EQUAL TO MYSTERY: The Life and Work of Harold Sonny Ladoo

A post by Christopher Laird

EQUAL TO MYSTERY: The Life and Work of Harold Sonny Ladoo

Only by dying brutally can man become equal to mystery.

 (“A Short Story,” Harold Sonny Ladoo, 1973)

I am writing a biography of the Trinidadian/Canadian novelist Harold Sonny Ladoo (1945-1973) and am seeking the assistance of anyone who has material relating to Harold. Here are excerpts from my draft Introduction:

            I never met Harold Ladoo. I discovered his writing almost by accident; it was in 1974, in Port of Spain, and I was working on a soon-to-be-launched periodical called KAIRI. One morning a book landed on my desk for review – and to this day I have no idea how it got there, or who sent it. But from the first, staccato paragraph, I was hooked.

Pa came home. He didn’t talk to Ma. He came home just like a snake. Quiet.

What followed was so spare, so violent, so human that I can still feel the shockwave it produced. The book was No Pain Like This Body (1972), Harold Sonny Ladoo’s first novel. It exploded in our midst, and set me on a quest that has lasted for nearly fifty years.

* * *

It seemed incomprehensible to me that, quite apart from Ladoo’s literary accomplishments, no one has asked: how come, as Ladoo might have put it, “a little coolie boy from Trinidad” had earned a university degree in Canada, published two landmark novels, was the subject of a long poem by Toronto’s first poet laureate, had a prize for creative writing established in his name at the University of Toronto, and an art project dedicated to him by a major Canadian artist who had never met him? What would a biography of Ladoo reveal about this unlikely trajectory?

In pursuing that question myself the only published sources available told a story that went like this: Ladoo was an orphan, adopted by a hard-up peasant family. He spent part of his childhood in hospitals, and was abused by Canadian missionaries in primary school. Put to work in the rice-fields from the age of eight, he planted crops after leaving school, raising enough money to leave Trinidad. He emigrated to Canada with a suitcase full of poems, intent on re-inventing himself as a great writer.

            In Toronto, he worked as a dishwasher and short-order cook. Later he destroyed everything he’d written till then, and began writing fiction in all-night binge sessions. Within five years he had graduated from the University of Toronto, and published his first novel. And his ambition was titanic; he spoke of writing an epic of some 200 novels, spanning five centuries. But in August 1973 he travelled home to settle some painful family business. A week later, on August 17, his battered body was found at the side of a road near his family home.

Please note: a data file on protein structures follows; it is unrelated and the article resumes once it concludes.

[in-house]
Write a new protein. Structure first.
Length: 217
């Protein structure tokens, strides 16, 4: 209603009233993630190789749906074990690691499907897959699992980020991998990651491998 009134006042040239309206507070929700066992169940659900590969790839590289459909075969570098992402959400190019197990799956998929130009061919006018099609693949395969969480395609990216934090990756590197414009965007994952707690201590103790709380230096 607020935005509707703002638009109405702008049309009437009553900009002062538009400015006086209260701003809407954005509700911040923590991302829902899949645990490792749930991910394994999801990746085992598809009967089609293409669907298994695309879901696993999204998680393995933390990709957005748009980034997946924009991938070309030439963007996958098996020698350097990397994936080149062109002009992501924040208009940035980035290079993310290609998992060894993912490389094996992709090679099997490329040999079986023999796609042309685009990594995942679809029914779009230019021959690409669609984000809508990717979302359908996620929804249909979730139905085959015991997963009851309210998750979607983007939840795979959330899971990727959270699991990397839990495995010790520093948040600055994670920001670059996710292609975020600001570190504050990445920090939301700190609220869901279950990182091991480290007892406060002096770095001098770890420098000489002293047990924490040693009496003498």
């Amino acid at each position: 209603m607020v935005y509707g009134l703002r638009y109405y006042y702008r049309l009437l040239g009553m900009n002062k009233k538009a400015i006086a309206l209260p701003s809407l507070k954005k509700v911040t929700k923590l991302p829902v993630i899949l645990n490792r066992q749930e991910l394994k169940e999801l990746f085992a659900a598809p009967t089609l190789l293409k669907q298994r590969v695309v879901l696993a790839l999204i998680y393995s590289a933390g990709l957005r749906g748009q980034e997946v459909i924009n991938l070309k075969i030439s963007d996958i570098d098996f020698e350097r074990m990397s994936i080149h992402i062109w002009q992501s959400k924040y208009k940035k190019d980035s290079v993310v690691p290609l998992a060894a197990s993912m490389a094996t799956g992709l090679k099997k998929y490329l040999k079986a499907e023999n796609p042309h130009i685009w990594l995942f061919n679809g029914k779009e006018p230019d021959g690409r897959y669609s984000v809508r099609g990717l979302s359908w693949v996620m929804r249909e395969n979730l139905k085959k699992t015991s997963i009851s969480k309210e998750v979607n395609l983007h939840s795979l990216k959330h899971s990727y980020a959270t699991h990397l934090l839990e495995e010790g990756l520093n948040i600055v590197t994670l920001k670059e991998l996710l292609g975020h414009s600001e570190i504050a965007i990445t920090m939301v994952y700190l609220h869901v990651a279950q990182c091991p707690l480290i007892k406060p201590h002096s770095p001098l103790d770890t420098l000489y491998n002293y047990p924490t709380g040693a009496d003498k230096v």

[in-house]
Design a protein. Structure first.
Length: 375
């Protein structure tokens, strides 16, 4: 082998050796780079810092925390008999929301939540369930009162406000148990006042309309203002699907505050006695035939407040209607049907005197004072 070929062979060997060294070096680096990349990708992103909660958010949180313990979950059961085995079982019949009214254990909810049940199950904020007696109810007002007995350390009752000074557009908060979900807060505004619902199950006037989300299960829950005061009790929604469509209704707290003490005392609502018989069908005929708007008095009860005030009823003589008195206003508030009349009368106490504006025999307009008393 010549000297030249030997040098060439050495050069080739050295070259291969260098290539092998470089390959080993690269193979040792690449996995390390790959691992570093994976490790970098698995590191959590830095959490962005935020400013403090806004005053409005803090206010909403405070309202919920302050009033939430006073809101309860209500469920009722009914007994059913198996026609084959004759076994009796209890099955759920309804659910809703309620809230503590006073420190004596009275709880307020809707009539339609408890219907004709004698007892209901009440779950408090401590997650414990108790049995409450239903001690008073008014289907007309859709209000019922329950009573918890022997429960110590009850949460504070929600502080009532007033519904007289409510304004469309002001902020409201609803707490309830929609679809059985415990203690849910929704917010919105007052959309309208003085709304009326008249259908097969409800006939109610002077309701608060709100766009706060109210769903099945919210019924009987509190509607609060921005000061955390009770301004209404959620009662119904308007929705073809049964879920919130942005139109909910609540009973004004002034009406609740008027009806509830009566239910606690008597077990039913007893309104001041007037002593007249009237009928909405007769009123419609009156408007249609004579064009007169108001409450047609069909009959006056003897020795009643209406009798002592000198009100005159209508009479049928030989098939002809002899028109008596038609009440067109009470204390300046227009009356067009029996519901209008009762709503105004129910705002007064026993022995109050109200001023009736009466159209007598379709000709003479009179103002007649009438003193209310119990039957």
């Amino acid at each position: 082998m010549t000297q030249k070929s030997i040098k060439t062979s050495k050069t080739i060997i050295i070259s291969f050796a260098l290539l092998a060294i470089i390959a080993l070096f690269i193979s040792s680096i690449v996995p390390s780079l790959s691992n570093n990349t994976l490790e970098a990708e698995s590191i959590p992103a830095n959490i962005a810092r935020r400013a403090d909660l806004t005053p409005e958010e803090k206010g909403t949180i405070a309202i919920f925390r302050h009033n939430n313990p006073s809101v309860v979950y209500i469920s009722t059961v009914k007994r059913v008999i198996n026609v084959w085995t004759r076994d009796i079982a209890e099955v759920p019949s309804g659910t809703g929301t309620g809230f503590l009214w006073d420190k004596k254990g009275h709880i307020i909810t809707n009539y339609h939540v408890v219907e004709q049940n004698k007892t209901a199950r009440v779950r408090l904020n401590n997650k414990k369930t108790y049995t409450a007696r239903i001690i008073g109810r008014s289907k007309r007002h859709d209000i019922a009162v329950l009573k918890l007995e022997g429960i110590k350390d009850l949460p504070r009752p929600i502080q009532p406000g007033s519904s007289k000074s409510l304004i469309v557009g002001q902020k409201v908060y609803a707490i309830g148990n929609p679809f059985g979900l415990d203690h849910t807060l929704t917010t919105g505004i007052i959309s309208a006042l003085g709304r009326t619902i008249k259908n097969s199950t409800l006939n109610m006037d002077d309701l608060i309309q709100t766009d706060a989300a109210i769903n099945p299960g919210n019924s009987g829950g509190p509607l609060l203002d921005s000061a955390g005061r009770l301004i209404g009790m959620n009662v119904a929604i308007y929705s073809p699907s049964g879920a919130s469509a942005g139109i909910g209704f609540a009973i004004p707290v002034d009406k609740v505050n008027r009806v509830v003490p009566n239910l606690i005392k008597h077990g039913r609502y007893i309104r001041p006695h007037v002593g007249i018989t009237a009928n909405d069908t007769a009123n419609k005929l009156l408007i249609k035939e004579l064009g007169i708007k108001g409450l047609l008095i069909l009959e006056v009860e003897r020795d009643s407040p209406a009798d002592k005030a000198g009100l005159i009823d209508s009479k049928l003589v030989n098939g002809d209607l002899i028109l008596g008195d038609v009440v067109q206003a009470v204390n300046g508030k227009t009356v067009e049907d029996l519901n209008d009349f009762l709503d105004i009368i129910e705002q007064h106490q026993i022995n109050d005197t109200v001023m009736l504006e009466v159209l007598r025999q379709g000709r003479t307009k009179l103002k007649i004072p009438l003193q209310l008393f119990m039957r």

The tragic, indeed grisly circumstances of his death remained shrouded in rumour and suspicion. His legacy included the six or seven novels he left in manuscript.

So the story went.

However, Equal To Mystery digs deeper to reveal a reality that eclipses the myths spectacularly as it documents the story of a young man from rural Trinidad, in his audacious bid to out-write V. S. Naipaul and other Caribbean writers – in fact, to out-write all writers anywhere. It’s a story of personal courage, grave flaws and driven talent, one that deserves a place among the legends of Caribbean, Canadian, and – if only as a poignant footnote – world literature.

Now, I am reaching out to anyone who has information on Harold hoping to gather any loose ends in the story. Thus: Anyone with correspondence / photos / memories /manuscripts of Harold is invited to contact Christopher Laird, laird@pancaribbean.com

CHRISTOPHER LAIRD

Brief bio.

Christopher Laird has produced over 300 documentaries and dramas for television, winning scores of international awards. He has overseen the establishment of the world’s largest digitised collection of Caribbean culture on video. In 2003 he co-founded region’s first all-Caribbean television station, Gayelle The Channel. In 2009 he was awarded an honorary doctorate by the University of the West indies.

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